Roy Dean CRAIG, Appellee, v. VAL ENERGY, INC., and Liberty Mutual Insurance Co., of America, Appellants.
In order to receive workers compensation benefits, a claimant must show that his or her accidental injury arose out of and in the course of employment. See K.S.A.2010 Supp. 44–501(a). However, an accident is not considered to be arising out of and in the course of employment if it occurs while the employee is on the way to assume the duties of employment or after leaving such duties. K.S.A.2010 Supp. 44–508(f). Roy Dean Craig was injured on his way home from a temporary work location for Val Energy, Inc. The Workers Compensation Board (the Board) determined that Craig's injury arose out of and in the course of his employment based on the fact that he was reimbursed for mileage, he was responsible for transporting his crew to and from the job site, he would not have been hired if he did not have the capability to drive and transport his crew, and he received a per diem reimbursement. Val Energy, Inc. and Liberty Mutual Insurance Co., of America (Val Energy) appeal the Board's decision arguing that Craig was on his way home from employment and recovery is barred by the going-and-coming rule outlined at K.S.A.2010 Supp. 44–508(f). Because the Board did not erroneously interpret the law or misapply the law to the facts, we affirm.
Factual and Procedural History
Craig was a driller employed by Val Energy and was responsible for his own crew. Craig was required to pick up each member of his crew and drive them to the oil rig site. Craig used his personal vehicle to drive to and from each crew member's house and ultimately to the oil rig site and back home. Val Energy reimbursed Craig for the mileage.
On July 27, 2007, Craig was working for Val Energy. In the morning, Craig picked up his son, who was also part of his crew. However, because the “draw works” for the particular oil rig that Craig was working on was broken, Val Energy sent Craig and his crew to the Val Energy shop in order fix the “draw works.” Val Energy still paid Craig mileage for the trips he made between his home, his crew members' houses, the shop, and back home. Working at the shop was only a temporary position. After leaving the shop, while driving home, Craig and his crew member were involved in a one vehicle automobile accident. Craig was injured.
The administrative law judge (ALJ) denied Craig's claim finding that Craig's injury did not arise out of and in the course of his employment because his injury was not covered by any of the exceptions to the going-and-coming rule found under K.S.A.2010 Supp. 44–508(f). In addition, the ALJ indicated that because the inherent travel exception to the going-and-coming rule was judicially created and not explicitly set out in the statute, it was no longer viable after our Supreme Court's ruling in Bergstrom v. Spears Manufacturing Co., 289 Kan. 605, 214 P.3d 676 (2009). Craig filed an application for review of the ALJ's decision. The Board reversed the ALJ's decision that Craig's injury did not fall under the inherent travel exception to the going-and-coming rule, and also determined that Bergstrom did not contemplate K.S.A.2010 Supp. 44–508(f) nor did Bergstrom overrule any cases that applied the inherent travel exception to the going-and-coming rule.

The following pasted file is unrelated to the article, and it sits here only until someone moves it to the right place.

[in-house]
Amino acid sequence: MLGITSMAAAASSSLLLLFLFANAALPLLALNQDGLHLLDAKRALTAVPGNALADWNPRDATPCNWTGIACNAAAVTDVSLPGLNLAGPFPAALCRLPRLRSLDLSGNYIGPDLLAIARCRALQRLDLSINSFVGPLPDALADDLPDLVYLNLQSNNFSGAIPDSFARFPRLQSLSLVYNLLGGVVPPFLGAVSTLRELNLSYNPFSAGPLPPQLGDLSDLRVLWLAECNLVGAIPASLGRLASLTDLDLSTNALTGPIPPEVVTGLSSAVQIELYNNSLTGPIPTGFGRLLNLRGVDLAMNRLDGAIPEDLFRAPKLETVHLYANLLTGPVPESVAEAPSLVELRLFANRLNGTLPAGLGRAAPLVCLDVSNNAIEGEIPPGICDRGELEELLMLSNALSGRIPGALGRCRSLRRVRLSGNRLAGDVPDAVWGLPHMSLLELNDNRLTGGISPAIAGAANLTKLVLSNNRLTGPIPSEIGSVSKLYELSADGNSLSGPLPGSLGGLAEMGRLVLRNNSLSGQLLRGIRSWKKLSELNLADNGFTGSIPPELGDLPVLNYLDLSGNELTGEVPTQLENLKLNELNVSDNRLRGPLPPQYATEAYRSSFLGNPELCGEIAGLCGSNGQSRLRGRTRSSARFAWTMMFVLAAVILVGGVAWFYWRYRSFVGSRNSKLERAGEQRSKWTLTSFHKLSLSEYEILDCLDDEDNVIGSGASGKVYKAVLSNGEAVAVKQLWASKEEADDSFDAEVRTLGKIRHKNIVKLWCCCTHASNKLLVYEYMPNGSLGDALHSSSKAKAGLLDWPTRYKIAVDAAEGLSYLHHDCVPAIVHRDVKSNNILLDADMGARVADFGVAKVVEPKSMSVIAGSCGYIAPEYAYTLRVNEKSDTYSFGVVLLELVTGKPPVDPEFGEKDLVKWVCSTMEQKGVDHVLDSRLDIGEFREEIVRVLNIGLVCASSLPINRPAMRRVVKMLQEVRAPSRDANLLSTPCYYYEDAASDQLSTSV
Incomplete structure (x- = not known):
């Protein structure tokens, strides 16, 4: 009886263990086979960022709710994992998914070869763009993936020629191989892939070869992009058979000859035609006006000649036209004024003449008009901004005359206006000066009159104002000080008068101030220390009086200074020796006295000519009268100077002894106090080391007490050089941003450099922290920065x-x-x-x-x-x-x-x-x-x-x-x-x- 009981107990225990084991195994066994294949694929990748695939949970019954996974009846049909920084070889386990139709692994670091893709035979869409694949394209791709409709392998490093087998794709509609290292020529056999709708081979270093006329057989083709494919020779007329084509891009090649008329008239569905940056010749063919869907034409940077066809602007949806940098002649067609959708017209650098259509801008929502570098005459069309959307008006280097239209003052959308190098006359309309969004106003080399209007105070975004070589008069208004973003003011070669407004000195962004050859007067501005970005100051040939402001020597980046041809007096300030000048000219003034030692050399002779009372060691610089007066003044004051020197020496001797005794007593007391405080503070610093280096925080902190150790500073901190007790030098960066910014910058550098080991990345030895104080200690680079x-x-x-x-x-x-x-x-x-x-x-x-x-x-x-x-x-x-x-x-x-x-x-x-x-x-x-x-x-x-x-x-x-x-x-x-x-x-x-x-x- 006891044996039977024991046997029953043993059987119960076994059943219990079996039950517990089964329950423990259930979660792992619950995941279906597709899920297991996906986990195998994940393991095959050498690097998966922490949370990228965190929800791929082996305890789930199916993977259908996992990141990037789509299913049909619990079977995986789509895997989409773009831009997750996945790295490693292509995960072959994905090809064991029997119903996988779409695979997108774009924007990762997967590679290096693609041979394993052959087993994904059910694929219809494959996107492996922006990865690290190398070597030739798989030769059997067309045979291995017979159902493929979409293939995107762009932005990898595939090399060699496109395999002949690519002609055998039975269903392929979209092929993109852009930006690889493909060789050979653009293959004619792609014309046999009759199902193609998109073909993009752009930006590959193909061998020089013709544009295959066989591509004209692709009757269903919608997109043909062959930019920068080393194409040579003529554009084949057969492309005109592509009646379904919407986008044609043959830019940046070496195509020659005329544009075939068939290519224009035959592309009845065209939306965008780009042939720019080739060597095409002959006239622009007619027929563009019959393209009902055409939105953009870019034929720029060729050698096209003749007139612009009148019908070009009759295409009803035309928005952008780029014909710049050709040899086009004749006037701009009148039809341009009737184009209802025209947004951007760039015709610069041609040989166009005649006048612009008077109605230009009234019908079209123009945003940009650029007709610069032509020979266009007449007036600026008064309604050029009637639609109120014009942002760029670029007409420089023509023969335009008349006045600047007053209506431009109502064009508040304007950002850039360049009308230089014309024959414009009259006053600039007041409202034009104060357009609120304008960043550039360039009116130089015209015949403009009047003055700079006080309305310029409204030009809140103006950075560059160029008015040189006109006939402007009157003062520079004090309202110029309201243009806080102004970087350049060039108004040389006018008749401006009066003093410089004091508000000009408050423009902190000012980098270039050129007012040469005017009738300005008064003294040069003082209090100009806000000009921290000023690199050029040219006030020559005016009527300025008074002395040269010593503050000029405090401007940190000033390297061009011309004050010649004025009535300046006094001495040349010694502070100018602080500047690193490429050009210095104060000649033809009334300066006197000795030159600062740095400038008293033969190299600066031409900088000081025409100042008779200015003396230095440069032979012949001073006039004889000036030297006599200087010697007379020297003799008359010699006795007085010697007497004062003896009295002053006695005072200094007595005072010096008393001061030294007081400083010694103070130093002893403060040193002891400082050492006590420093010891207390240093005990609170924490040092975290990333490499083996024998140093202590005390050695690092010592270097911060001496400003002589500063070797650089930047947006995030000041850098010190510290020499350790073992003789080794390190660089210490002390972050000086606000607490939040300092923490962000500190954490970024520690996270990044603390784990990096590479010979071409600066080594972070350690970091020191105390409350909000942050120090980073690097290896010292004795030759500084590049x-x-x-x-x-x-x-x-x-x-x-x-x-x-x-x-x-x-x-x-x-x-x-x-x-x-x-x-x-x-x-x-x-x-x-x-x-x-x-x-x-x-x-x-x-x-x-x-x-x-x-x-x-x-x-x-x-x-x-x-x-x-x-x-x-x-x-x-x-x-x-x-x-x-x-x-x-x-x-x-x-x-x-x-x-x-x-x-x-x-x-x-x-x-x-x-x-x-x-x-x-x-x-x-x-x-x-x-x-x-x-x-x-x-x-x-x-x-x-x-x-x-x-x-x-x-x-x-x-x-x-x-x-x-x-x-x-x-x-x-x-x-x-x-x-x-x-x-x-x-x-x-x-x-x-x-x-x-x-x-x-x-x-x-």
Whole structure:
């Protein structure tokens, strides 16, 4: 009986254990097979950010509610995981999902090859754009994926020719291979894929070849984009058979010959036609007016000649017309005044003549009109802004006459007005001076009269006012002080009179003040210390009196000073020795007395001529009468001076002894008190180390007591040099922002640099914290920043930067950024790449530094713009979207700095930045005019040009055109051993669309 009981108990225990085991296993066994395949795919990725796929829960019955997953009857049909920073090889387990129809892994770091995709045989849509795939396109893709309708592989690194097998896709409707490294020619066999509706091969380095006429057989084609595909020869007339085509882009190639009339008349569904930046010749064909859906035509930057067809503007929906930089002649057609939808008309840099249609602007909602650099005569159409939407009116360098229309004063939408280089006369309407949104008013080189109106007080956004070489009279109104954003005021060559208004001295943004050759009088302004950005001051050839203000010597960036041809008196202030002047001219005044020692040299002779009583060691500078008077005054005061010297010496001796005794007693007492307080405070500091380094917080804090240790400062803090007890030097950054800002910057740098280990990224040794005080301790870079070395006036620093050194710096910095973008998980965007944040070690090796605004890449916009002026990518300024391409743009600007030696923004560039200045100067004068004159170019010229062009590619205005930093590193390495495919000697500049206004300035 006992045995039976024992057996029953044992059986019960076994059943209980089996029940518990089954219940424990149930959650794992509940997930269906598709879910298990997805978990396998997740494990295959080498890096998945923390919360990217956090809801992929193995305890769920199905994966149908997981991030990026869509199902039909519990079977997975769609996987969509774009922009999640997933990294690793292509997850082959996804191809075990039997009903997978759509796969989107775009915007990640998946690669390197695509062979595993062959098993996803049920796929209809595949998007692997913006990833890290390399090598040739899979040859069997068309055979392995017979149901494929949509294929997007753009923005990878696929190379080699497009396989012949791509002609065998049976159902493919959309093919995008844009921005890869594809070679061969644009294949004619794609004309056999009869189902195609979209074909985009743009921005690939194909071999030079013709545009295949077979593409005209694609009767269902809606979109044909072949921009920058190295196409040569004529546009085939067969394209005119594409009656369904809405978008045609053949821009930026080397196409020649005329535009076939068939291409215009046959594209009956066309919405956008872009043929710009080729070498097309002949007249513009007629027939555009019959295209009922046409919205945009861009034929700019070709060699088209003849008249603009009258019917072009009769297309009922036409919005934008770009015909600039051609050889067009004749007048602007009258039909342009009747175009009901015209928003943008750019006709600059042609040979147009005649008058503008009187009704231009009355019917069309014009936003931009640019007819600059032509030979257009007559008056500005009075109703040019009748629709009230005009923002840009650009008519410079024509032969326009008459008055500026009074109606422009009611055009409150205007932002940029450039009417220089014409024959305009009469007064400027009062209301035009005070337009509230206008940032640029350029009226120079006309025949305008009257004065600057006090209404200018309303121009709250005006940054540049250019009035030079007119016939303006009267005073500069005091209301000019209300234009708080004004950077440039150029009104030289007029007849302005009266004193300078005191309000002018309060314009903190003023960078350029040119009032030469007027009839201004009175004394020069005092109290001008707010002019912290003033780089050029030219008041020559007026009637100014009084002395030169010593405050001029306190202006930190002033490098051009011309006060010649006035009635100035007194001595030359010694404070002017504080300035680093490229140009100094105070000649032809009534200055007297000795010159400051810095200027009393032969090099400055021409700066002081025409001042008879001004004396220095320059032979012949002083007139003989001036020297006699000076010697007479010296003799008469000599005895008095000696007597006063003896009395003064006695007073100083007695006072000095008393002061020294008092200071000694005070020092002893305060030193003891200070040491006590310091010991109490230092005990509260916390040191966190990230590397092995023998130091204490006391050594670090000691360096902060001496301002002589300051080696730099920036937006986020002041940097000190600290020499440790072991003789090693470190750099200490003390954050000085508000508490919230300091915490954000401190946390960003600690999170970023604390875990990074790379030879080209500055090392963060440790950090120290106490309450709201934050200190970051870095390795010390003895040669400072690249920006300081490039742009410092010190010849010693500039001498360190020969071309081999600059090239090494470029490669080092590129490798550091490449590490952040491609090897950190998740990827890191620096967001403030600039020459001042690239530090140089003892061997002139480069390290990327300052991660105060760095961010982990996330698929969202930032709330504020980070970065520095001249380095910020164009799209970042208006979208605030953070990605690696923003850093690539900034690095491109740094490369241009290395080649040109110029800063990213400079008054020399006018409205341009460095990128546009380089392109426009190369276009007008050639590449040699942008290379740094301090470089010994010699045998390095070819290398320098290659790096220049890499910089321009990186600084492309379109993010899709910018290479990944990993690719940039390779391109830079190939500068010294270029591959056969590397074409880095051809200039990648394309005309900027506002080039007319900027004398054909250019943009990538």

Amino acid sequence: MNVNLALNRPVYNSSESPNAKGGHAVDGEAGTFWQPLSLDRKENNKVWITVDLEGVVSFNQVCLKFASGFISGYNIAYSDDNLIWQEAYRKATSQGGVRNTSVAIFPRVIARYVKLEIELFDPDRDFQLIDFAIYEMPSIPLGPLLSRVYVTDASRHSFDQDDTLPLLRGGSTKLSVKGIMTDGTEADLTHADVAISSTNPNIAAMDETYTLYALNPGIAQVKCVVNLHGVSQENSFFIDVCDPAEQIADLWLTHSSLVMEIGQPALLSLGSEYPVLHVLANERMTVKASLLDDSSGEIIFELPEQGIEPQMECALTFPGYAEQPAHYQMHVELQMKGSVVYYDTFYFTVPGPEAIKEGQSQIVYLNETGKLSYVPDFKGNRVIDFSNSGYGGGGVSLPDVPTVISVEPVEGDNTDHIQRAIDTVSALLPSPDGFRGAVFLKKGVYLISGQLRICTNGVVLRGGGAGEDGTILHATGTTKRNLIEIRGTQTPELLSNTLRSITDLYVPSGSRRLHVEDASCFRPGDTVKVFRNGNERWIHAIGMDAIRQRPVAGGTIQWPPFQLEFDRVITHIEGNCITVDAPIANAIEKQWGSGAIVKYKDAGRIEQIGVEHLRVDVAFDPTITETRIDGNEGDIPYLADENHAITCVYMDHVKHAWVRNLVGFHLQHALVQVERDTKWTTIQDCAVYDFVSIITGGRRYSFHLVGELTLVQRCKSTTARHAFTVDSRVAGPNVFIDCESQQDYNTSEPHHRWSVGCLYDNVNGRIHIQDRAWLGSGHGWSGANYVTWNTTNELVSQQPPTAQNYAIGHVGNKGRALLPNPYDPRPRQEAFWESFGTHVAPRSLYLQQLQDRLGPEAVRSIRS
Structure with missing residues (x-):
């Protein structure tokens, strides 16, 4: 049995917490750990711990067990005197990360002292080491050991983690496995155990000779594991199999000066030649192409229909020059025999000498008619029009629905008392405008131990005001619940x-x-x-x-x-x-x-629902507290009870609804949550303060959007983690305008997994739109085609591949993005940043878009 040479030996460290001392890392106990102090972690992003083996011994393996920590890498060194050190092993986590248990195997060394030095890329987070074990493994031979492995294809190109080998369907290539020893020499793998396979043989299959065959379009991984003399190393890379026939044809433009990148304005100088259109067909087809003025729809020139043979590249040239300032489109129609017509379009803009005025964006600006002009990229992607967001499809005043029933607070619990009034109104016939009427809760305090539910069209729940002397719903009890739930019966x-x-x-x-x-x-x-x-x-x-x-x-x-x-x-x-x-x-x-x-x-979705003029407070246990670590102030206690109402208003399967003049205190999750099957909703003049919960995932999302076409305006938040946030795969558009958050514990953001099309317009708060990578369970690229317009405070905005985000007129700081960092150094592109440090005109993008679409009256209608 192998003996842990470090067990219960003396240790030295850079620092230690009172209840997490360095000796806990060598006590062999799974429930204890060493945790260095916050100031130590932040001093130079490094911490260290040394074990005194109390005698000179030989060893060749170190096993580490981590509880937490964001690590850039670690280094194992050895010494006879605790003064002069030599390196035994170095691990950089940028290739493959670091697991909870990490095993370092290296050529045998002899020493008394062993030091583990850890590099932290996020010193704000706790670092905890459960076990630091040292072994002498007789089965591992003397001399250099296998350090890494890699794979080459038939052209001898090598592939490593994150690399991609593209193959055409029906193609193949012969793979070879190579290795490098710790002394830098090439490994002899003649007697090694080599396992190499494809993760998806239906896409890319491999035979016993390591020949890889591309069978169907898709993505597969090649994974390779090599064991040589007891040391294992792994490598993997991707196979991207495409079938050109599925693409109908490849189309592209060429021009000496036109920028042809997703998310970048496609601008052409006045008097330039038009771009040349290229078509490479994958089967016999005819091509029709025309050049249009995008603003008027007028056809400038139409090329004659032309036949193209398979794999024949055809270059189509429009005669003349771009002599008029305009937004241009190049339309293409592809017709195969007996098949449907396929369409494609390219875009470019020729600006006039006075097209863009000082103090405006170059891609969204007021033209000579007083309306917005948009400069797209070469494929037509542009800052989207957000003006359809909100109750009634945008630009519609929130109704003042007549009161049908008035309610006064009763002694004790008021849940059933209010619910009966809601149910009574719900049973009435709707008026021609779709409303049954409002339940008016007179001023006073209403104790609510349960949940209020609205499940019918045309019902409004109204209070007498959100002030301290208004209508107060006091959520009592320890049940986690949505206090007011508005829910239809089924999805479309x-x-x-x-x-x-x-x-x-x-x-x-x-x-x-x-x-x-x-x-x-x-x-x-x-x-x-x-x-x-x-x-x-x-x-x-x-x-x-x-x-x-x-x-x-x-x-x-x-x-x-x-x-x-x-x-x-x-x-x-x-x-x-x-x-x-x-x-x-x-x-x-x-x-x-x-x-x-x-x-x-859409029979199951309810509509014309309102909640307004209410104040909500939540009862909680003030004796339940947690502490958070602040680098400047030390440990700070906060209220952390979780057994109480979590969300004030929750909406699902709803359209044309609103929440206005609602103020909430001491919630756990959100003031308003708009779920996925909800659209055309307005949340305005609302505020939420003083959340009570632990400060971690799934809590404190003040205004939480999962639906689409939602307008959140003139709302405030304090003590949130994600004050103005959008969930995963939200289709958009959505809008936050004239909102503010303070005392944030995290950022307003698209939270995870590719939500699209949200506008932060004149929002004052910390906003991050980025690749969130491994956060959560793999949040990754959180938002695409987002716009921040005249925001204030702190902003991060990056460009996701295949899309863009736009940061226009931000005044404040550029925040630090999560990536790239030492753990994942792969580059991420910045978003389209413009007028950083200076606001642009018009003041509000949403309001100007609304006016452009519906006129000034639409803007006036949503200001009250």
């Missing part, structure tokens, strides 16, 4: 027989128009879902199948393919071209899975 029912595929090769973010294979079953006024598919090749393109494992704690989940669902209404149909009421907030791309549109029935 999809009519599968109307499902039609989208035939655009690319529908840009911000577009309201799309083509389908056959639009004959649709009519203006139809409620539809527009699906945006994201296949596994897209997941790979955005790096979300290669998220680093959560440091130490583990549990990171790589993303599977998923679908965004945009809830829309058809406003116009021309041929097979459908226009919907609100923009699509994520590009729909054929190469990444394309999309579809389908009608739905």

Val Energy appeals the Board's decision.
Standard of Review
The facts are not in dispute. When an appellant alleges the Board erroneously applied the law to undisputed facts, an appellate court has de novo review of the issue. Tyler v. Goodyear Tire & Rubber Co., 43 Kan.App.2d 386, 388, 224 P.3d 1197 (2010); see generally K.S.A.2010 Supp. 77–621(c)(4) (court has authority to grant relief if agency has erroneously interpreted or applied the law).
This particular issue also requires this court to review and interpret K.S.A.2010 Supp. 44–508(f). Appellate courts have unlimited review of questions involving the interpretation or construction of a statute, owing “ ‘[n]o significant deference” ‘ to the agency's or the Board's interpretation or construction. Ft. Hays St. Univ. v. University Ch., Am. Ass'n of Univ. Profs, 290 Kan. 446, 457, 228 P.3d 403 (2010).
We review the inherent travel exception to the going-and-coming rule under K.S.A.2010 Supp. 44–508(f)
In order to receive workers compensation benefits, a claimant must show that his or her accidental injury arose out of and in the course of employment. See K.S.A.2010 Supp. 44–501(a). However, an accident is not considered to arise out of and in the course of employment if it occurs while the employee is on the way to assume the duties of employment or after leaving such duties. K.S.A.2010 Supp. 44–508(f). This is referred to as the going-and-coming rule.
The rationale for the going-and-coming rule is based on the premise that, “while on the way to or from work, the employee is subjected only to the same risks or hazards as those to which the general public is subjected. Therefore, such risks are not causally related to the employment. [Citation omitted.]” Sumner v. Meier's Ready Mix, Inc., 282 Kan. 283, 289, 144 P.3d 668 (2006). Consequently, an employee should be denied compensation if his or her injury falls within the going-and-coming rule. 282 Kan. at 289. Whether the going-and-coming rule applies is reviewed on a case-by-case basis. Messenger v. Sage Drilling Co., 9 Kan.App.2d 435, 438, 680 P.2d 556, rev. denied 235 Kan. 1042 (1984).